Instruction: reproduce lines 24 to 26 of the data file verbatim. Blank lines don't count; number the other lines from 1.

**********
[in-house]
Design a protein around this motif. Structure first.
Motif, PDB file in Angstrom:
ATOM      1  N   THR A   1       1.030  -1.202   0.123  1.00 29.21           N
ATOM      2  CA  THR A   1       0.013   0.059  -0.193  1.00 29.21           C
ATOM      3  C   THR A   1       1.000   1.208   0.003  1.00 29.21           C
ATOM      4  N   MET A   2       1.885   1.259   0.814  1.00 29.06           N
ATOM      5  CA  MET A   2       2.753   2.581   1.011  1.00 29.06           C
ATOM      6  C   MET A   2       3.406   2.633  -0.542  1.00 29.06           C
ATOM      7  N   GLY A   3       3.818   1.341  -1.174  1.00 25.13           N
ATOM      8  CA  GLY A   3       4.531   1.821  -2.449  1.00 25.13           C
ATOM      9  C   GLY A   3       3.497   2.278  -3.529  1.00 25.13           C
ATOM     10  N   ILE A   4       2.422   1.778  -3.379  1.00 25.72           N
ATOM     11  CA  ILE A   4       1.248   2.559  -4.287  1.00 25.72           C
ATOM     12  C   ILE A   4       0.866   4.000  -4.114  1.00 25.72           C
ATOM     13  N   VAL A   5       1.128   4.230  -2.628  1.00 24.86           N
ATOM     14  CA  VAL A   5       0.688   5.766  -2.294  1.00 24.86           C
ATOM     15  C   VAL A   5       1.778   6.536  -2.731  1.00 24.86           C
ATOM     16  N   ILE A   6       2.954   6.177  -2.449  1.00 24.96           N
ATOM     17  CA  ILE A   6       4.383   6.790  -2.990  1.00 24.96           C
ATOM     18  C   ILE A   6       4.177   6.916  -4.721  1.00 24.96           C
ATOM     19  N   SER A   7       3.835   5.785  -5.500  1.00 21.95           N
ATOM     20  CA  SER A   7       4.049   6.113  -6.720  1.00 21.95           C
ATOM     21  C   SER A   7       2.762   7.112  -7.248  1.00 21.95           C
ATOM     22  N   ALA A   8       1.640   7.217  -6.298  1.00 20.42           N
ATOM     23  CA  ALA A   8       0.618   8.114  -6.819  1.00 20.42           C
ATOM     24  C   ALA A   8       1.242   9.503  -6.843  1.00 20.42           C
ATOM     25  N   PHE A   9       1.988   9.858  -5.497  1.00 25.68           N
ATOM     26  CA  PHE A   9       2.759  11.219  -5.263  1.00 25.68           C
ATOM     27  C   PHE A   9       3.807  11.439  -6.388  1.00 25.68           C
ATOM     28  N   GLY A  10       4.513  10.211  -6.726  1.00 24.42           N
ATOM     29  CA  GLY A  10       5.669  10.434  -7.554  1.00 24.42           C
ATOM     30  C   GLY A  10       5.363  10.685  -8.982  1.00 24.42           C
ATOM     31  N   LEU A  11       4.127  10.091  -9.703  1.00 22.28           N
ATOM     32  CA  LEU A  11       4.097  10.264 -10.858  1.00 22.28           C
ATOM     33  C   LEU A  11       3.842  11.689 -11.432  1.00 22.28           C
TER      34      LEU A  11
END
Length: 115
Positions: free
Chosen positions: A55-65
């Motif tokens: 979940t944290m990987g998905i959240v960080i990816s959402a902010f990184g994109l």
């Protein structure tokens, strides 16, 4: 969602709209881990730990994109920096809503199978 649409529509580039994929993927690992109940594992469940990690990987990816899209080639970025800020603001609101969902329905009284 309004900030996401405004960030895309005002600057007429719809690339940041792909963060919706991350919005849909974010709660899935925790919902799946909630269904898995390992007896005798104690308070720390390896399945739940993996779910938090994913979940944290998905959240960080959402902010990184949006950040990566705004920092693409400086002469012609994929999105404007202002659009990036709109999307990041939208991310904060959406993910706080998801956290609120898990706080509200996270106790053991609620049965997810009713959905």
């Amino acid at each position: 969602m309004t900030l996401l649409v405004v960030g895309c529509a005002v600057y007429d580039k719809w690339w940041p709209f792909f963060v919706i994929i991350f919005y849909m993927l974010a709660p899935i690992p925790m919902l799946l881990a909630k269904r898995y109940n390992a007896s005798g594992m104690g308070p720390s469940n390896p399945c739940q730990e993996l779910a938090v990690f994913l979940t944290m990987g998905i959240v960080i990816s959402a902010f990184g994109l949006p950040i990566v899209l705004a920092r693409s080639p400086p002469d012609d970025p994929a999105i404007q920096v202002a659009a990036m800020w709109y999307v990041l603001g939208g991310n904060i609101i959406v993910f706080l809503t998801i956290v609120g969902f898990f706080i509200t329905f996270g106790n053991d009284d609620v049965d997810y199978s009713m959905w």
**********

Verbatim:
ATOM     21  C   SER A   7       2.762   7.112  -7.248  1.00 21.95           C
ATOM     22  N   ALA A   8       1.640   7.217  -6.298  1.00 20.42           N
ATOM     23  CA  ALA A   8       0.618   8.114  -6.819  1.00 20.42           C